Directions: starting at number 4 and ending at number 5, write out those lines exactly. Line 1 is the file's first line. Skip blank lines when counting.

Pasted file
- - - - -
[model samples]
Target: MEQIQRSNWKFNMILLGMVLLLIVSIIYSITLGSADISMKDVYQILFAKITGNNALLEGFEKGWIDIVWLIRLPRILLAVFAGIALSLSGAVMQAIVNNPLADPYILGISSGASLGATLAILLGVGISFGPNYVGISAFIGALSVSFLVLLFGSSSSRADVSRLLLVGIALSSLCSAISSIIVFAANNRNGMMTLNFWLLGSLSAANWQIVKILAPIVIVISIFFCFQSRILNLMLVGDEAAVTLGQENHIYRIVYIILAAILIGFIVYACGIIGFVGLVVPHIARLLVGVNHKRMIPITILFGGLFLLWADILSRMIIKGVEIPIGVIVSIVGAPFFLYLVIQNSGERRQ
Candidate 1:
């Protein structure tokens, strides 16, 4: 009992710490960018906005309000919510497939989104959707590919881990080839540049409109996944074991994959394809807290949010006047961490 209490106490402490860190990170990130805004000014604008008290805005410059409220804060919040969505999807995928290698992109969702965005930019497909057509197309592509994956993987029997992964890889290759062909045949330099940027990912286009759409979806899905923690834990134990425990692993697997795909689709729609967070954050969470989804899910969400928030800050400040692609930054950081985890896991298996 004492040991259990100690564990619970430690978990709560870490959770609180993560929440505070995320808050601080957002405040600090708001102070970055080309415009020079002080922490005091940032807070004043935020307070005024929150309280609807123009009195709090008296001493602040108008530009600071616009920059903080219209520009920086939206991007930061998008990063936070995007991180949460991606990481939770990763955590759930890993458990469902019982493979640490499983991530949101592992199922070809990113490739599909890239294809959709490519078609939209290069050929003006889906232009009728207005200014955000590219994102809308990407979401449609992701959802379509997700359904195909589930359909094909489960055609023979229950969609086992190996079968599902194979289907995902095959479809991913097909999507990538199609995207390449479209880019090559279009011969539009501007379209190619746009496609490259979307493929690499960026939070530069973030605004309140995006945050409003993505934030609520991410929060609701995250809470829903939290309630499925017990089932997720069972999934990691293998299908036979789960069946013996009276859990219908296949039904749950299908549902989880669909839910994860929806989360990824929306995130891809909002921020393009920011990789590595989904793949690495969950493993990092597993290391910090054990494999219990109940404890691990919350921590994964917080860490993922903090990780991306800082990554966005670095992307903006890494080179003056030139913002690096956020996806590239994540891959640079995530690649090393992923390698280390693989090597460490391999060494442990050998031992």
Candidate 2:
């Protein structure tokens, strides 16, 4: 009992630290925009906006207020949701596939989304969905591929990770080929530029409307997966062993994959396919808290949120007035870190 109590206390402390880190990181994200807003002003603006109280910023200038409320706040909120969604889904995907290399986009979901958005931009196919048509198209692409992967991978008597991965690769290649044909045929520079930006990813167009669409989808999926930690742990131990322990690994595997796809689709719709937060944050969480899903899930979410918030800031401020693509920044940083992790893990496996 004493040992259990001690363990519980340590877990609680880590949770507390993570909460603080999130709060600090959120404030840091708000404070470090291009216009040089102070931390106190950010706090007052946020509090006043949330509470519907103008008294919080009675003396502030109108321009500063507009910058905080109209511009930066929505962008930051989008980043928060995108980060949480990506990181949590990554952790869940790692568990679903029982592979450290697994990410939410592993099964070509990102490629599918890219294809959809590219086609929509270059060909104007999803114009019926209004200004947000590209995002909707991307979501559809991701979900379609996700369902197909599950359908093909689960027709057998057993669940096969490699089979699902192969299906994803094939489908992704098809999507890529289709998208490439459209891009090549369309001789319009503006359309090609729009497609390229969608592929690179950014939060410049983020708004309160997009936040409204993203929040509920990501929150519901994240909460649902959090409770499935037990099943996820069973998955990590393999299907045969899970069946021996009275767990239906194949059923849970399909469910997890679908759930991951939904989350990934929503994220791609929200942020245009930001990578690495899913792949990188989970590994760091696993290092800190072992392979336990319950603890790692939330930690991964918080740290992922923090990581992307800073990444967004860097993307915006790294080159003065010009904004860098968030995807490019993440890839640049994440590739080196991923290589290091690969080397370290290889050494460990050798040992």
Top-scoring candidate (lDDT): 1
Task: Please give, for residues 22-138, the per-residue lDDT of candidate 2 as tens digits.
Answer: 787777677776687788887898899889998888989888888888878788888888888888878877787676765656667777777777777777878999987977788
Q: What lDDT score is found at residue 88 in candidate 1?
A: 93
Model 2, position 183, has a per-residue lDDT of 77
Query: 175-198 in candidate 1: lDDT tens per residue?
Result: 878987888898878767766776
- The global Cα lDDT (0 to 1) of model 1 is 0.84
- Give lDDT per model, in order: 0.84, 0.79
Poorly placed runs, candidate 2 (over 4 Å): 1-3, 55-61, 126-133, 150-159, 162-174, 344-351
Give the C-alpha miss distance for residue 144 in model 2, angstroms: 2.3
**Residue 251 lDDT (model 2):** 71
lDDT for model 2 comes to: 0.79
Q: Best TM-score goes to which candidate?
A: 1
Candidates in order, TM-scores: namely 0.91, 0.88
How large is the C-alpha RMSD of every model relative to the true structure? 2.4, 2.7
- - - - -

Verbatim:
């Protein structure tokens, strides 16, 4: 009992710490960018906005309000919510497939989104959707590919881990080839540049409109996944074991994959394809807290949010006047961490 209490106490402490860190990170990130805004000014604008008290805005410059409220804060919040969505999807995928290698992109969702965005930019497909057509197309592509994956993987029997992964890889290759062909045949330099940027990912286009759409979806899905923690834990134990425990692993697997795909689709729609967070954050969470989804899910969400928030800050400040692609930054950081985890896991298996 004492040991259990100690564990619970430690978990709560870490959770609180993560929440505070995320808050601080957002405040600090708001102070970055080309415009020079002080922490005091940032807070004043935020307070005024929150309280609807123009009195709090008296001493602040108008530009600071616009920059903080219209520009920086939206991007930061998008990063936070995007991180949460991606990481939770990763955590759930890993458990469902019982493979640490499983991530949101592992199922070809990113490739599909890239294809959709490519078609939209290069050929003006889906232009009728207005200014955000590219994102809308990407979401449609992701959802379509997700359904195909589930359909094909489960055609023979229950969609086992190996079968599902194979289907995902095959479809991913097909999507990538199609995207390449479209880019090559279009011969539009501007379209190619746009496609490259979307493929690499960026939070530069973030605004309140995006945050409003993505934030609520991410929060609701995250809470829903939290309630499925017990089932997720069972999934990691293998299908036979789960069946013996009276859990219908296949039904749950299908549902989880669909839910994860929806989360990824929306995130891809909002921020393009920011990789590595989904793949690495969950493993990092597993290391910090054990494999219990109940404890691990919350921590994964917080860490993922903090990780991306800082990554966005670095992307903006890494080179003056030139913002690096956020996806590239994540891959640079995530690649090393992923390698280390693989090597460490391999060494442990050998031992």
Candidate 2: